Springfield TRP Light Rail Model PC9105LP 45 ACP
No pistol in current production has evolved into as many variations and price points as John Brownings 1911. Gun Tests Magazine has looked at some entry-level models costing around $500. Then they looked at a 1911 that occupies the upper tier of the factory-gun category. It represents the top-end production model of its company, offering significant upgrades to a standard 1911, but is normally available as off-the-shelf stock. The test gun was a 5-inch barrel model and featured niceties such as front- and back-strap checkering, adjustable sights, stainless-steel match-grade barrels, front and rear slide serrations, skeletonized triggers, and hammers with cocking serrations.
Here's what they found:
Testing was conducted in two locations. Our first stop was the indoor range at Bass Pro Shops in Grapevine, Texas. There we conducted our team inspections of the gun and our accuracy testing. A second and third round of reliability shooting, along with our chronograph work, was performed at the Arlington Sportsmans Club, www.ArlingtonSportsman.com, one of the largest members-only clubs in the Dallas-Ft. Worth area.
We started our evaluation at the time we opened the case, checking off what accessories were (or were not) included with our pistol. Next, we field-stripped the gun and lubed and prepped it for use, noting the ease or difficulty of this process. Once the gun was ready for use, we fired some initial rounds to get some break-in time for the weapon, and to get a feel for the gun. We used three types of ammunition for our testing: Winchester USA 230-grain FMJs, Monarch Brass Case 230-grain FMCs, and a Winchester USA Personal Protection 230-grain JHP load. Our choices were limited to what we could scrounge off the shelves after visiting a number of sporting-goods and gun stores in the area.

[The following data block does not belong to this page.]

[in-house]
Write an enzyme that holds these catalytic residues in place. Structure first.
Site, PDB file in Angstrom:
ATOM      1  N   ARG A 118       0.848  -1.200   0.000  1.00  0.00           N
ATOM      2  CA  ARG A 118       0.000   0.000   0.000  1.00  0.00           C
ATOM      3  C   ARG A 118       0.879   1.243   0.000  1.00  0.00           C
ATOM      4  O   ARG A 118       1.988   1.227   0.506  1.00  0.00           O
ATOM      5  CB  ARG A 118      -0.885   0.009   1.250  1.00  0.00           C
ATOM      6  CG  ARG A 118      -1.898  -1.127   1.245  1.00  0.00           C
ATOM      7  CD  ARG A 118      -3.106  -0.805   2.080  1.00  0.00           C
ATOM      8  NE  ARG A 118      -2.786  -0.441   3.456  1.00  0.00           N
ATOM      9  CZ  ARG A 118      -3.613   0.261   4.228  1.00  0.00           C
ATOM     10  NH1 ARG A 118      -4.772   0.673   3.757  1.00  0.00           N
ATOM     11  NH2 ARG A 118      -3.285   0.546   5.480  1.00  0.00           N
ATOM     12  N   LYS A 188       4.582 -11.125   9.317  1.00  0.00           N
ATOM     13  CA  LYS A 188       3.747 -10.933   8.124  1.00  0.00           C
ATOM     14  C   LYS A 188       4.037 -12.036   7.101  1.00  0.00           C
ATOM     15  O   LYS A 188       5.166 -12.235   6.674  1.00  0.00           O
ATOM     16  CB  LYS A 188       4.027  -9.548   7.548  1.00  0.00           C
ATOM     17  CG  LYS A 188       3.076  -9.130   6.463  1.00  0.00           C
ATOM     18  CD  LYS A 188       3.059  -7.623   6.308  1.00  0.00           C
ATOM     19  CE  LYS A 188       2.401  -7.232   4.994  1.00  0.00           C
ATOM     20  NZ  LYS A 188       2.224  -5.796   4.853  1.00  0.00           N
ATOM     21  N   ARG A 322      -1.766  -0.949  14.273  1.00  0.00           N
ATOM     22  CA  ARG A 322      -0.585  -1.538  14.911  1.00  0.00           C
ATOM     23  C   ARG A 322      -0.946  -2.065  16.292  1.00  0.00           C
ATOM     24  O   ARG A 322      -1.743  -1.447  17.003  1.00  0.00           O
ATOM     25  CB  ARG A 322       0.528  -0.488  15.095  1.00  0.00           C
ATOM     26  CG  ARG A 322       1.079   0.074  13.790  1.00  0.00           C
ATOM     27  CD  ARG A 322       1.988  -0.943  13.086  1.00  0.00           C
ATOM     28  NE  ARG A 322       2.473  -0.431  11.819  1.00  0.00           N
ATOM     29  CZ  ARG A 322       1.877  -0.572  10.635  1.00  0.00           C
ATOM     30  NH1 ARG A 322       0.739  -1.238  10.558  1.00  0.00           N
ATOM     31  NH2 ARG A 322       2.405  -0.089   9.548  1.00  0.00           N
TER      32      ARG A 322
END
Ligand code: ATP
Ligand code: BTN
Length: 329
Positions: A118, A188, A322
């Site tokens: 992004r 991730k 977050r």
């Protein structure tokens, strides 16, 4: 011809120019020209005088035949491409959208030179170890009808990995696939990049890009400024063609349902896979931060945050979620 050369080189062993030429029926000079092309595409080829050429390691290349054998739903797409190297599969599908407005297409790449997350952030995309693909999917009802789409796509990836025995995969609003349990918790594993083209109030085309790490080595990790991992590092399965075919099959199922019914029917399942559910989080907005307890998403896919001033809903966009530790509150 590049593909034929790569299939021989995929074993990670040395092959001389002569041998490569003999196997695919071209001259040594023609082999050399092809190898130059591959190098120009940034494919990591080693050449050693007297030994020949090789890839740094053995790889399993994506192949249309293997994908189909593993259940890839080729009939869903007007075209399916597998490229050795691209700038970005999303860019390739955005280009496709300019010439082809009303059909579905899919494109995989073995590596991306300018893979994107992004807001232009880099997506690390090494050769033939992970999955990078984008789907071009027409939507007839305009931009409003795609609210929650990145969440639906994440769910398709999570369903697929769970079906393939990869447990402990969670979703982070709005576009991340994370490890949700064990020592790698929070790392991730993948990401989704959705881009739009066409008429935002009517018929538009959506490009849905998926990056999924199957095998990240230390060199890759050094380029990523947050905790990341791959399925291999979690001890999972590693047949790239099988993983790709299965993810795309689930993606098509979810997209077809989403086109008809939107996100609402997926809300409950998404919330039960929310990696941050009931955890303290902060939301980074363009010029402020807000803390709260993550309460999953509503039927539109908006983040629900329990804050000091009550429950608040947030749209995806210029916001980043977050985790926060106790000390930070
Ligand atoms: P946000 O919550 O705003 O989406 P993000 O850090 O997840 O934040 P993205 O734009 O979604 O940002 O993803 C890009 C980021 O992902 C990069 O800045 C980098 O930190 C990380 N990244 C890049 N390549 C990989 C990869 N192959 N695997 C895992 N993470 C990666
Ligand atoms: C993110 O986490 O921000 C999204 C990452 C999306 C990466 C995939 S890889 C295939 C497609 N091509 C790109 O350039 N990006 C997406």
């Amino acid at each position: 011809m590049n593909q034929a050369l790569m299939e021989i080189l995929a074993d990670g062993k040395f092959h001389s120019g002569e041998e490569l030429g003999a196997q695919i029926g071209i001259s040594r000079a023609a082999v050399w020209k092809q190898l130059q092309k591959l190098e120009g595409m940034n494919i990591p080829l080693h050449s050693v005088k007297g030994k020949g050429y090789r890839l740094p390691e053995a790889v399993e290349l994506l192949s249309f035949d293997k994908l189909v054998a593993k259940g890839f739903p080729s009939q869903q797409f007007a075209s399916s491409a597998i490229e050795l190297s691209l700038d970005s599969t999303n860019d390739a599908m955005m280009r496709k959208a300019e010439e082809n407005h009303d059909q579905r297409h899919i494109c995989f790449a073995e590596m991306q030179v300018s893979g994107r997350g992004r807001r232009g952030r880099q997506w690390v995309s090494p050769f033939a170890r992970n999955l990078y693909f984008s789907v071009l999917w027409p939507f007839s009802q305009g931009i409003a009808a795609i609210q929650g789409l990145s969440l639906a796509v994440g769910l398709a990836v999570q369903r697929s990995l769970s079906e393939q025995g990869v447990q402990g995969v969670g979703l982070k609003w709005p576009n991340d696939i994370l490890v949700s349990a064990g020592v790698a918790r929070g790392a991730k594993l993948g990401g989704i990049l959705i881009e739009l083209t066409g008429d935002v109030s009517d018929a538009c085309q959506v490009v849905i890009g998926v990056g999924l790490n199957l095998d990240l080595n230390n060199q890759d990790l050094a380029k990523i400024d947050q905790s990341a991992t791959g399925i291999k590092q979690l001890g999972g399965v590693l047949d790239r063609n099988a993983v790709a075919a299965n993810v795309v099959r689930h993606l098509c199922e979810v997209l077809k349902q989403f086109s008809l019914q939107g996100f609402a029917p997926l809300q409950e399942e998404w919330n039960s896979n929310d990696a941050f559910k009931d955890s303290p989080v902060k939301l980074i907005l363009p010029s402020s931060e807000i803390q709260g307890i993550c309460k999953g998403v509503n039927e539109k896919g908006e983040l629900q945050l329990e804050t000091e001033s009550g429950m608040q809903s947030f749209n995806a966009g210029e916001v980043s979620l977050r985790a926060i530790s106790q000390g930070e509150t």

Springfield Armory TRP Light Rail Model PC9105LP 45 ACP, $1829
The Springfield TRP (Tactical Response Pistol) came bristling with features in an intimidating package. Clad in a black Teflon finish called Armory Kote, and sporting an accessory rail, the gun had a look that was all business. The gray G10 grips were heavily textured and had a relief area to help access the magazine-release button. The only contrast to the basic black look came from the lightened trigger, guide rod, and the silver stub of a stainless match-grade bull barrel that extended from the slide.
Standard equipment also included ambidextrous safety levers, and an extended beavertail safety was mounted high and tight to the frame. The gripping surface was further enhanced by 20-lpi checkering on both the frontstrap and mainspring housing. Front rear and rear cocking serrations were sharply formed into the slide. An adjustable sight in the Bo-Mar style with tritium inserts was accompanied with a matching low-profile tritium front. We found this combination gave us a sight picture that ranked second to the STI, primarily because the inserts were smaller.